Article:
Build A Sustainable Supply Chain


A new course will help organizations understand supply chain complexity and conduct risk assessment allowing them to implement sustainable practices into operations.  

Course developers Frank McShane and Craig Stenhouse, founders of Shift Critical, a sustainability advisory firm, will deliver a three-hour course on Thursday, February 29 educating learners on the critical need to create, maintain and manage a sustainable supply chain.

“Supply chains are incredibly complex,” said McShane. “You can’t look at an organization and assess its impact unless you really understand the supply chain and the role of supply chains in contributing to those impacts and opportunities.”

By taking Sustainable Supply Chains participants will learn how to align corporate strategy with current sustainability commitments and future business goals, and conduct appropriate risk assessment within their supply chains.

McShane said there has been a noticeable shift to a broader focus encompassing other areas of ESG along the supply chain from the heightened attention on emissions management and Scope 3 emissions.

“A lot of the time, companies don’t really understand how extensive their supply chains are because they are dealing with Tier 1 suppliers,” he said. “Companies are having to get to grips with their supply chain and how it is organized and the impacts in a way they have not had to do in the past.”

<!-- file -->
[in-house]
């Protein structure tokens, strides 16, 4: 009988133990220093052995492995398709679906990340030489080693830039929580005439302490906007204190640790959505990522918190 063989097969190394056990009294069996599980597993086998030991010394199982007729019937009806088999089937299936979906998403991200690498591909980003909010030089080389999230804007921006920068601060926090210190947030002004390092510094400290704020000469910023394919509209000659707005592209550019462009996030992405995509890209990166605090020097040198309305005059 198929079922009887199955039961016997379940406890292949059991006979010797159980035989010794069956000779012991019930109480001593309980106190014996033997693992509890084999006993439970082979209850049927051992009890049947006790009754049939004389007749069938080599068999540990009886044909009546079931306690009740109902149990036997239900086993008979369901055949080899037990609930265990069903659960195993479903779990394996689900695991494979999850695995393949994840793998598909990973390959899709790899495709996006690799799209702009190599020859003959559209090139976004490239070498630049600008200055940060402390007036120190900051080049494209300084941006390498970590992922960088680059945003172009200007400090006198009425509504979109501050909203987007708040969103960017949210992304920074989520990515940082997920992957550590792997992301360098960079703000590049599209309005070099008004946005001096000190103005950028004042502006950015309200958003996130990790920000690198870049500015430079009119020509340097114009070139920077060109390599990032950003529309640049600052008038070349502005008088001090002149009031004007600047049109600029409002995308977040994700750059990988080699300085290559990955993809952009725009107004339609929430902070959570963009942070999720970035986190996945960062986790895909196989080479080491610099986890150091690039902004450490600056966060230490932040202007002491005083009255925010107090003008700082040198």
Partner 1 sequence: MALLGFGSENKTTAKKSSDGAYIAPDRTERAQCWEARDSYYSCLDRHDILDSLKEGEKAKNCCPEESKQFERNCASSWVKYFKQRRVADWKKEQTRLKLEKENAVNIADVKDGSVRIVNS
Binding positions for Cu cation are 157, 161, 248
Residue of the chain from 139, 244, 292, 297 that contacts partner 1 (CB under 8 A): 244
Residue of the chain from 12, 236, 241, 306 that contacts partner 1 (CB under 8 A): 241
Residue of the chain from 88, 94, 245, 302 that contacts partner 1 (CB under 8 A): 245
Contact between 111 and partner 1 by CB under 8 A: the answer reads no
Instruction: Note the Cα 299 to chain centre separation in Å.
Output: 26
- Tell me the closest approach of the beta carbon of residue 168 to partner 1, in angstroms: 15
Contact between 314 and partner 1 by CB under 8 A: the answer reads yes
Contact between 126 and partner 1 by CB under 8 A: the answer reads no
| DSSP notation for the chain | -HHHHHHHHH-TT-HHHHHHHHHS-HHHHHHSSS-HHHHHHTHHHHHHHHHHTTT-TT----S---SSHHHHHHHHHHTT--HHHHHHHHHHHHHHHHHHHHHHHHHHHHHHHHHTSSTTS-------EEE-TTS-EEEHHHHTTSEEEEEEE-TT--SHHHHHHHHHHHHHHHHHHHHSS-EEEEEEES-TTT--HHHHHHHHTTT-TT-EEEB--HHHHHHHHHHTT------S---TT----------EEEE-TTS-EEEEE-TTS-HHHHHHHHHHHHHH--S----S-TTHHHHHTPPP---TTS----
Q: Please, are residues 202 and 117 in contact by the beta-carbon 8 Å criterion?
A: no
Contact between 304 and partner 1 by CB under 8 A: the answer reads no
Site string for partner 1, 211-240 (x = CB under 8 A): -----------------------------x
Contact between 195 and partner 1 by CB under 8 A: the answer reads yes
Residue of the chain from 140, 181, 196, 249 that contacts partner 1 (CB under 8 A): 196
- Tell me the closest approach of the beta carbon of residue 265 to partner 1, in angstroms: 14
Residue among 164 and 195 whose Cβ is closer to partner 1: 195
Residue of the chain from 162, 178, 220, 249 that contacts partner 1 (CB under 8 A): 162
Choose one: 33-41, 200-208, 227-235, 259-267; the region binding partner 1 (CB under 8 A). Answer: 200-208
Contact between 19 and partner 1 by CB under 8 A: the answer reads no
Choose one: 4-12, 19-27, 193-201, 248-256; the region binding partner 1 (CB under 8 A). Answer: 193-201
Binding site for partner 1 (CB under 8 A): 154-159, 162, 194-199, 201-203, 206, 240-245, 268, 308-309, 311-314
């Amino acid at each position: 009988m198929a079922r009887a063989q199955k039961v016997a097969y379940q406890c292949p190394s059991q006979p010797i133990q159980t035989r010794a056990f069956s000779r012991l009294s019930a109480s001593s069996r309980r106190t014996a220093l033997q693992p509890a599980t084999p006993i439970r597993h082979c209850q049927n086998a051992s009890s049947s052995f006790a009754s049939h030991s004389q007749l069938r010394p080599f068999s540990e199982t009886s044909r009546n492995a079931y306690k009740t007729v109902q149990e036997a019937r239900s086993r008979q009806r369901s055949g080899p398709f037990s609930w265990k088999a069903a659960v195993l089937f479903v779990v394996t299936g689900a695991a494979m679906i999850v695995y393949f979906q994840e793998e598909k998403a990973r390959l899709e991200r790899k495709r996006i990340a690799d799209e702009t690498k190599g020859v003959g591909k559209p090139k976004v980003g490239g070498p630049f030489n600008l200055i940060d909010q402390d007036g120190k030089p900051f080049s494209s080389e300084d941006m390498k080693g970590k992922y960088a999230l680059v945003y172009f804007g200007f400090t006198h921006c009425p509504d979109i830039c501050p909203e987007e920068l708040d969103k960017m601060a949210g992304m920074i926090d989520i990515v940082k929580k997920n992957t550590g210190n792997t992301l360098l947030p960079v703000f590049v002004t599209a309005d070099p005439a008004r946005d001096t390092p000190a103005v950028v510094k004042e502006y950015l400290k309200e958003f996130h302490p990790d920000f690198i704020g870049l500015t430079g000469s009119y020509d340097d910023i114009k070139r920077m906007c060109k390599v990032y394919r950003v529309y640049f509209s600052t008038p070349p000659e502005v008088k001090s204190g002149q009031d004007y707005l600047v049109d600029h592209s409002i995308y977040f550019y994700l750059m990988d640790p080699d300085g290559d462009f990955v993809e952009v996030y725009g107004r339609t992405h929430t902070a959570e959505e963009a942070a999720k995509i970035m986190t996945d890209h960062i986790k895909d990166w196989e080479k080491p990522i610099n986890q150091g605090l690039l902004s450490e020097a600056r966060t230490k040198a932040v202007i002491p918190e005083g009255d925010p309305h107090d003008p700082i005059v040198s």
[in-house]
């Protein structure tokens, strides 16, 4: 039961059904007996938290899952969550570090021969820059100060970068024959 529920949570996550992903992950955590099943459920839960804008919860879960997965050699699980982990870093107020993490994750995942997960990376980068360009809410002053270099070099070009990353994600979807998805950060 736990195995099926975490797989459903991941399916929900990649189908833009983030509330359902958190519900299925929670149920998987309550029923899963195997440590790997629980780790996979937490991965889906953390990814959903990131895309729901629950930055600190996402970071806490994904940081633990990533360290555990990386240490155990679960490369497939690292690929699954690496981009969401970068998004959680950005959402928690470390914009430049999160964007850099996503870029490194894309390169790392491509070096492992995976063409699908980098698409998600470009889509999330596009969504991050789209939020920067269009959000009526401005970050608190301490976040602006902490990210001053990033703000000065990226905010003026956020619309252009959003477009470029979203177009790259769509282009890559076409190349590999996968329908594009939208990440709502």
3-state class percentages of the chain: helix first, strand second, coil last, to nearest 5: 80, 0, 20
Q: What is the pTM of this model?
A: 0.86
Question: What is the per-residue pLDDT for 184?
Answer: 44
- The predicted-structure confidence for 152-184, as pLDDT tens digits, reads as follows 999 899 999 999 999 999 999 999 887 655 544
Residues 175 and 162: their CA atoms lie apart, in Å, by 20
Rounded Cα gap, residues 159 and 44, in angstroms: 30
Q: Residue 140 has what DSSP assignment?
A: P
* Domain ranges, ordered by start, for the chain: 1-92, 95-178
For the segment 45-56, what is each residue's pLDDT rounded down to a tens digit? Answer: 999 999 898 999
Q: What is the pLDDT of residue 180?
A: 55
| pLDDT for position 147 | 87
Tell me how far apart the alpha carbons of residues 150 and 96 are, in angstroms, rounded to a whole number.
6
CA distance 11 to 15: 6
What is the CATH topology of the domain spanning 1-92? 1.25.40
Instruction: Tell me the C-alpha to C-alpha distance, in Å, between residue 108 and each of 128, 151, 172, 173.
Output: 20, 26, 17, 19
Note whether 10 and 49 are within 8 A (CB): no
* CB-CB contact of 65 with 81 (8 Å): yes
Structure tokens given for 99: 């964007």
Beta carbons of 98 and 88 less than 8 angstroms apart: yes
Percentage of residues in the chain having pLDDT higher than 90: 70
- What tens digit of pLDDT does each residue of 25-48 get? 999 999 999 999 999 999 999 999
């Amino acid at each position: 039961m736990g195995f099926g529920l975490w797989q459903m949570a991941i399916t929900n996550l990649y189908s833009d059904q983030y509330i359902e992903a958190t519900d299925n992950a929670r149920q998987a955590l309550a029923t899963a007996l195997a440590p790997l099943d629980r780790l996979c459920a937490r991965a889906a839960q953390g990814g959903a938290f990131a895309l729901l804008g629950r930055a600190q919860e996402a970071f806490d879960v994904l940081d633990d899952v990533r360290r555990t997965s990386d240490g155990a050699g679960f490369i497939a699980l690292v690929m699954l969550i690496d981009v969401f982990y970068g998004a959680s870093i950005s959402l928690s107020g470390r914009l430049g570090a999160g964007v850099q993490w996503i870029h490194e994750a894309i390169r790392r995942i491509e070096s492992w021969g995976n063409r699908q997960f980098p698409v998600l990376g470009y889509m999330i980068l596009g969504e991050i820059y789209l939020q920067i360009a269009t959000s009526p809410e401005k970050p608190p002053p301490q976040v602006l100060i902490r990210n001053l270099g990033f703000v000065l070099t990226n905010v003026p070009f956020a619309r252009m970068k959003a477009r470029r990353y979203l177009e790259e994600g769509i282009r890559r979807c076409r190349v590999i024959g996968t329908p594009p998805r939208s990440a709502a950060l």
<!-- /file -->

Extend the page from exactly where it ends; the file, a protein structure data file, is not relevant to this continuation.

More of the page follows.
Learners will gain an understanding of the driving forces behind sustainable supply chains including energy transition, ESG reporting, financing and risk assessment. They will learn how to manage supply chains in a way that provides opportunity for the organization.

This course is tailored for those in supply chain, procurement, business development, or strategic planning. It is useful for anyone focused on integrating sustainability into supply chains.

“This course can’t cover every aspect of the supply chains but there are some things that have become extremely important for organizations,” said McShane. “For example, the Modern Slavey Act, which became law last year. There are several things that organizations must do to comply with the act. I think the Modern Slavery Act is really a precursor, a sign of things to come, because we are going to see stronger regulations with respect to supply chains.”

Special guest Eric Westrom will contribute some of his learnings and understandings relating to the Task Force on Climate-related Financial Disclosures (TCFD) from his work with scenario analysis for companies.

Key course benefits

  • Align corporate supply chain strategy with current sustainability commitments and future business goals
  • Assess and mitigate risks associated with supply chains, including climate impact, modern slavery, and regulatory compliance
  • Address concerns related to environmental and social impacts
  • Develop competence in evaluating management frameworks and applying sustainable supply chain principles to corporate decision-making

Register here.

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